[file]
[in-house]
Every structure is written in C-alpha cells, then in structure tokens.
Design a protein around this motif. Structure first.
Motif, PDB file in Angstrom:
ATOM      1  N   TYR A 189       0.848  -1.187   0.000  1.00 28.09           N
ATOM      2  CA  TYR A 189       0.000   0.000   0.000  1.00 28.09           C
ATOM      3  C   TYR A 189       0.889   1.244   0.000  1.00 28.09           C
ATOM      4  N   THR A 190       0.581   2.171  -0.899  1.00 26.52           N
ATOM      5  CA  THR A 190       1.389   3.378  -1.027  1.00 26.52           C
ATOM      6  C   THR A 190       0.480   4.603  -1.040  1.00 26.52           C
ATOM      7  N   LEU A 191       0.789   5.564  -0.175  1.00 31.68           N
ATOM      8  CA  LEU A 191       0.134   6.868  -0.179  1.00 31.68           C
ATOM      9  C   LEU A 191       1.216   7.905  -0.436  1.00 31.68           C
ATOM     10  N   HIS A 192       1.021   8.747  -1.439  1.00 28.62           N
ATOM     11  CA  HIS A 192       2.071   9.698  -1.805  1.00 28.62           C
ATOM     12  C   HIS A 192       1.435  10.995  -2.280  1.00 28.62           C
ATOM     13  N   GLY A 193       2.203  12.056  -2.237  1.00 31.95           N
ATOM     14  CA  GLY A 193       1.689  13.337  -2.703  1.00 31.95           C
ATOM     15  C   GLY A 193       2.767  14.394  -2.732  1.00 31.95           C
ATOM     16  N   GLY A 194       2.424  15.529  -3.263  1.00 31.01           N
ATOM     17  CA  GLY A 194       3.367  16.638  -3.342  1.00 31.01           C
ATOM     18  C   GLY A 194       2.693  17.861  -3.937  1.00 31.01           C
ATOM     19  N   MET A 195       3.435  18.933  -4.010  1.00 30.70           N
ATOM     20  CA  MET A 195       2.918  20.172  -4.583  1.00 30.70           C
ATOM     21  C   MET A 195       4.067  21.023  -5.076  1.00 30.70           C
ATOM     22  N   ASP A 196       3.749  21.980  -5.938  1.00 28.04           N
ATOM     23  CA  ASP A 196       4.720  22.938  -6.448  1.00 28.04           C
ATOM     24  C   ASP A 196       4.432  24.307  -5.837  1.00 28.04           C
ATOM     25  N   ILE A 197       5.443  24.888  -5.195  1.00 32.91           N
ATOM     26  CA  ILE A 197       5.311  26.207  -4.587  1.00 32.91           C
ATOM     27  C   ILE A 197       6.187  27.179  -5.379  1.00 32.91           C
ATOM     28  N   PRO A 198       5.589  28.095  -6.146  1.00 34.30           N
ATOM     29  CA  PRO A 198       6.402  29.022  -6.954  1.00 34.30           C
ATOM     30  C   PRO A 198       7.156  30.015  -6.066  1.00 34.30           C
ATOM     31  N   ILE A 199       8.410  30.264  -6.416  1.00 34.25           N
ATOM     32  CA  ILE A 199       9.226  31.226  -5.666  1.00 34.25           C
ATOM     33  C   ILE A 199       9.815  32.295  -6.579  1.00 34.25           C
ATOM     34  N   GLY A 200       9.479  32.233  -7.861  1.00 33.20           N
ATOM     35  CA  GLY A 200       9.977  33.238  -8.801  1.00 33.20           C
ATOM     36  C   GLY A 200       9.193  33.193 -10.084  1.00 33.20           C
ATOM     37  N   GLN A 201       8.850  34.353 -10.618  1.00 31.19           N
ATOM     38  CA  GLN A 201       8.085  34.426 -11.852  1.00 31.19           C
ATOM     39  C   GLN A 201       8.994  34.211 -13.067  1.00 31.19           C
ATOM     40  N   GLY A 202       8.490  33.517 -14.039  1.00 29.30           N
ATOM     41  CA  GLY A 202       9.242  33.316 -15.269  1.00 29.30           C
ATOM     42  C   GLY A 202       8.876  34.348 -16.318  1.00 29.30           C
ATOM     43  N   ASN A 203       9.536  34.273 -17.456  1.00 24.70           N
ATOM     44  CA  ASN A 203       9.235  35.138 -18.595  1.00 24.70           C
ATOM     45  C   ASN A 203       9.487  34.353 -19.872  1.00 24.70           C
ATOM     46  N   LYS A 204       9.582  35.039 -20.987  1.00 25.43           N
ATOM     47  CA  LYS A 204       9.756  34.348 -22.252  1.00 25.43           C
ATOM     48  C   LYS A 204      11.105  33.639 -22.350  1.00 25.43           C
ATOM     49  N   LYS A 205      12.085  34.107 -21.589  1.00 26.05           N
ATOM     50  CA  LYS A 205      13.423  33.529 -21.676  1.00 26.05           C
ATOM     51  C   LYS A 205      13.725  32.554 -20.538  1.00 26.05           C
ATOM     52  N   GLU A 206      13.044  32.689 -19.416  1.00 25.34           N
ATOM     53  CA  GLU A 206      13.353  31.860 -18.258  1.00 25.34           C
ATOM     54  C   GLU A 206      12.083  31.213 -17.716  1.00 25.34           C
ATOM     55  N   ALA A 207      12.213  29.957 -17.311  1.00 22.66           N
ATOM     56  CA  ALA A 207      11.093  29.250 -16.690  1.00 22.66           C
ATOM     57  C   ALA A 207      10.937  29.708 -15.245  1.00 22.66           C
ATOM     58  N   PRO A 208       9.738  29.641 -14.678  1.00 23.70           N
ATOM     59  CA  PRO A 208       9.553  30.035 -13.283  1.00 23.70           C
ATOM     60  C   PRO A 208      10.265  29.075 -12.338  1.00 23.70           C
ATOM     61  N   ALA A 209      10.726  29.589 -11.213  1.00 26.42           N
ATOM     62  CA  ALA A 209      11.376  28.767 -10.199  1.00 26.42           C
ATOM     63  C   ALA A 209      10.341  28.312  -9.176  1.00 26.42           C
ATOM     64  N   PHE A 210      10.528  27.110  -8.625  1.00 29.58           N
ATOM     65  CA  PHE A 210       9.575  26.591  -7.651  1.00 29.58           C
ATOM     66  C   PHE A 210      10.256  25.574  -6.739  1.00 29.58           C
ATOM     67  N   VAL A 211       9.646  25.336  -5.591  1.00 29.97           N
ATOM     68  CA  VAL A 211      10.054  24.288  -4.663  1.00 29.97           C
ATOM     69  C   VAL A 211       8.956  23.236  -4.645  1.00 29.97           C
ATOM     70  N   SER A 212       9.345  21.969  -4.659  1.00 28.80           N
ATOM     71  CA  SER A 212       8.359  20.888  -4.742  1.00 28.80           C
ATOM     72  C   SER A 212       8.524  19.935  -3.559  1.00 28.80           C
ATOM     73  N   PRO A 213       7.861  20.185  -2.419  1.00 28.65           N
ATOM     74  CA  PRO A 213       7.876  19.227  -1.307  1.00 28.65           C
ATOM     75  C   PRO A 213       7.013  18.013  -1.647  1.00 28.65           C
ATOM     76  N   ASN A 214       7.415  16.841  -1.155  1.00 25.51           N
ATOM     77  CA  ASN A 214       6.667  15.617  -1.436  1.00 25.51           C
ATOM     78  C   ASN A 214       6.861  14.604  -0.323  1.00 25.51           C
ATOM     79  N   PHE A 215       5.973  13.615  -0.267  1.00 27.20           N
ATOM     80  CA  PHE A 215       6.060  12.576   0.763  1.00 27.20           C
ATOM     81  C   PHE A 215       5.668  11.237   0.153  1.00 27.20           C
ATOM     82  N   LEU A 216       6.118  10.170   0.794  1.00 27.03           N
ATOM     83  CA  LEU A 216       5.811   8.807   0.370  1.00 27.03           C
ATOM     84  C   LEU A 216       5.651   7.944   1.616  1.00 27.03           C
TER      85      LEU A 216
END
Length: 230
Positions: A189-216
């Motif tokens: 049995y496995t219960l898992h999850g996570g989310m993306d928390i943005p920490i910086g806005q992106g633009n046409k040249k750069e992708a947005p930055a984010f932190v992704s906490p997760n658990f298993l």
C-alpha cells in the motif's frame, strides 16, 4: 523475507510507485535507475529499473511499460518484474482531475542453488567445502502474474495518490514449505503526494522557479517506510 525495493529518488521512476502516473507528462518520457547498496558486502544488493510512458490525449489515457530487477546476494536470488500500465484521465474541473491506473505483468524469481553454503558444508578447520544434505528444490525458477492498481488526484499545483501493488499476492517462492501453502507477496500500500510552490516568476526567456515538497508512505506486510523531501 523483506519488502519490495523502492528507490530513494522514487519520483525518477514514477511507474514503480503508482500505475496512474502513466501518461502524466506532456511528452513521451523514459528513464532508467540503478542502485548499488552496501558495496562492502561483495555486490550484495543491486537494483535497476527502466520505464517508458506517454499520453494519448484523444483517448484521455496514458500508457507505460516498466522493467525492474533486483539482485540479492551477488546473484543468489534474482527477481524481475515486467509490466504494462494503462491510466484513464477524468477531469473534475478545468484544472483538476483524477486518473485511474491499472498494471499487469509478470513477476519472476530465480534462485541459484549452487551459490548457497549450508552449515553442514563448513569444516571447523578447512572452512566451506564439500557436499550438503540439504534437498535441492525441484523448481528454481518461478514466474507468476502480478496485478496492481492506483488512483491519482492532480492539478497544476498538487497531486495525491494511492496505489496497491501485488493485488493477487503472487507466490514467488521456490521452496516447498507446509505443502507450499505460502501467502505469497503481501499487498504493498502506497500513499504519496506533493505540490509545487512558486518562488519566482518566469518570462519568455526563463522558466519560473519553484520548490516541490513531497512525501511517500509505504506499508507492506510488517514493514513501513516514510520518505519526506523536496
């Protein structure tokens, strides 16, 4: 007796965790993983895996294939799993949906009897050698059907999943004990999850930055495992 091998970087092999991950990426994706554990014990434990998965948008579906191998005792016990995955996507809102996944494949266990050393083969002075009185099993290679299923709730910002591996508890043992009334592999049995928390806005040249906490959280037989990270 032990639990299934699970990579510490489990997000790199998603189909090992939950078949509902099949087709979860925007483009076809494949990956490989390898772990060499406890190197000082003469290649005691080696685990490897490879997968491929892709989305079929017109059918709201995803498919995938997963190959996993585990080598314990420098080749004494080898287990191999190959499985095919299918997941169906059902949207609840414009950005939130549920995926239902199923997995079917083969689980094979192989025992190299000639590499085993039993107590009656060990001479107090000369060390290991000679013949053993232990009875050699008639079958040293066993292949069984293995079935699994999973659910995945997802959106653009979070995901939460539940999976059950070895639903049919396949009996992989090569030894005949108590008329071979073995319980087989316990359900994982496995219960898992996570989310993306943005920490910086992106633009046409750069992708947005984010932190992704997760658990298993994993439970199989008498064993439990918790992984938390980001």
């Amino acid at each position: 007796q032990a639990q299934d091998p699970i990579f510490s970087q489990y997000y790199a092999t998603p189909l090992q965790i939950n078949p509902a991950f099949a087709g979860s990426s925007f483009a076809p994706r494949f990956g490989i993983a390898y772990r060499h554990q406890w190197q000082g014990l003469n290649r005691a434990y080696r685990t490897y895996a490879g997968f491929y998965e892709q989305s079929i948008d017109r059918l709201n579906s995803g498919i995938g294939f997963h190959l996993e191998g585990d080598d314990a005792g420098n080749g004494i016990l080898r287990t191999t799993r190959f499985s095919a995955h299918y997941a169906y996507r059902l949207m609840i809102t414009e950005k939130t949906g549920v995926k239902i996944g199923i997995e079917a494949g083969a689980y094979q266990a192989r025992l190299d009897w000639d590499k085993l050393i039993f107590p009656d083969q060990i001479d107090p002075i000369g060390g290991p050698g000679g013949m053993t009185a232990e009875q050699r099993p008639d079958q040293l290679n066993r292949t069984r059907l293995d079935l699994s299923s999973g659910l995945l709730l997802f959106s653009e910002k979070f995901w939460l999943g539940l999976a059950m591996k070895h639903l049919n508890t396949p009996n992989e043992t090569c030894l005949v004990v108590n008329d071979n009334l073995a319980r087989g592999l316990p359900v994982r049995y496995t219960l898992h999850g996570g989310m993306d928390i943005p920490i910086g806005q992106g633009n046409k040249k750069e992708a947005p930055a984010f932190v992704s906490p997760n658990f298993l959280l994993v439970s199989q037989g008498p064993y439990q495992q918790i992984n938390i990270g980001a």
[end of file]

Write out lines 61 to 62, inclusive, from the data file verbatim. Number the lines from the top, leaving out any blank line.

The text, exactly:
ATOM     57  C   ALA A 207      10.937  29.708 -15.245  1.00 22.66           C
ATOM     58  N   PRO A 208       9.738  29.641 -14.678  1.00 23.70           N